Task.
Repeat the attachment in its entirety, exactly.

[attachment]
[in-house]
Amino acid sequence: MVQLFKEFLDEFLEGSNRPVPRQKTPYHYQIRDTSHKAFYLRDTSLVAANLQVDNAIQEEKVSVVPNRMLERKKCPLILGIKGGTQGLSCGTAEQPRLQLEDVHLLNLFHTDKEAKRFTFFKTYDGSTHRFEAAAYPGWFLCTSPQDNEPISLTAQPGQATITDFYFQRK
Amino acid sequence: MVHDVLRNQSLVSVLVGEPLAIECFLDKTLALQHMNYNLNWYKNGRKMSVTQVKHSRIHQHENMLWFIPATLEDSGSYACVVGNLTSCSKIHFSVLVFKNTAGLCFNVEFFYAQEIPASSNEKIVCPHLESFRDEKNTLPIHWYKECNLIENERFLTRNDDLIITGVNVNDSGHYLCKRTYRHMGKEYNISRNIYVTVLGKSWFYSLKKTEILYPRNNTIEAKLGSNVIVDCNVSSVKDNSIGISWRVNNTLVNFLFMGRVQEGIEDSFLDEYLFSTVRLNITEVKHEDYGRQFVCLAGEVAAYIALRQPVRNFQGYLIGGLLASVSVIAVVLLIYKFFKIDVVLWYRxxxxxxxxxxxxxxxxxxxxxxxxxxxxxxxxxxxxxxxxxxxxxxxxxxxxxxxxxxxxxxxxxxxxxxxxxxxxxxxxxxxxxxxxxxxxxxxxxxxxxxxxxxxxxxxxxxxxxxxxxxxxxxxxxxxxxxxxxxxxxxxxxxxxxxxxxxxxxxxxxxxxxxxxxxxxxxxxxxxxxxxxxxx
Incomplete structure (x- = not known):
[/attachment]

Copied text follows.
[in-house]
Amino acid sequence: MVQLFKEFLDEFLEGSNRPVPRQKTPYHYQIRDTSHKAFYLRDTSLVAANLQVDNAIQEEKVSVVPNRMLERKKCPLILGIKGGTQGLSCGTAEQPRLQLEDVHLLNLFHTDKEAKRFTFFKTYDGSTHRFEAAAYPGWFLCTSPQDNEPISLTAQPGQATITDFYFQRK
Amino acid sequence: MVHDVLRNQSLVSVLVGEPLAIECFLDKTLALQHMNYNLNWYKNGRKMSVTQVKHSRIHQHENMLWFIPATLEDSGSYACVVGNLTSCSKIHFSVLVFKNTAGLCFNVEFFYAQEIPASSNEKIVCPHLESFRDEKNTLPIHWYKECNLIENERFLTRNDDLIITGVNVNDSGHYLCKRTYRHMGKEYNISRNIYVTVLGKSWFYSLKKTEILYPRNNTIEAKLGSNVIVDCNVSSVKDNSIGISWRVNNTLVNFLFMGRVQEGIEDSFLDEYLFSTVRLNITEVKHEDYGRQFVCLAGEVAAYIALRQPVRNFQGYLIGGLLASVSVIAVVLLIYKFFKIDVVLWYRxxxxxxxxxxxxxxxxxxxxxxxxxxxxxxxxxxxxxxxxxxxxxxxxxxxxxxxxxxxxxxxxxxxxxxxxxxxxxxxxxxxxxxxxxxxxxxxxxxxxxxxxxxxxxxxxxxxxxxxxxxxxxxxxxxxxxxxxxxxxxxxxxxxxxxxxxxxxxxxxxxxxxxxxxxxxxxxxxxxxxxxxxxx
Incomplete structure (x- = not known):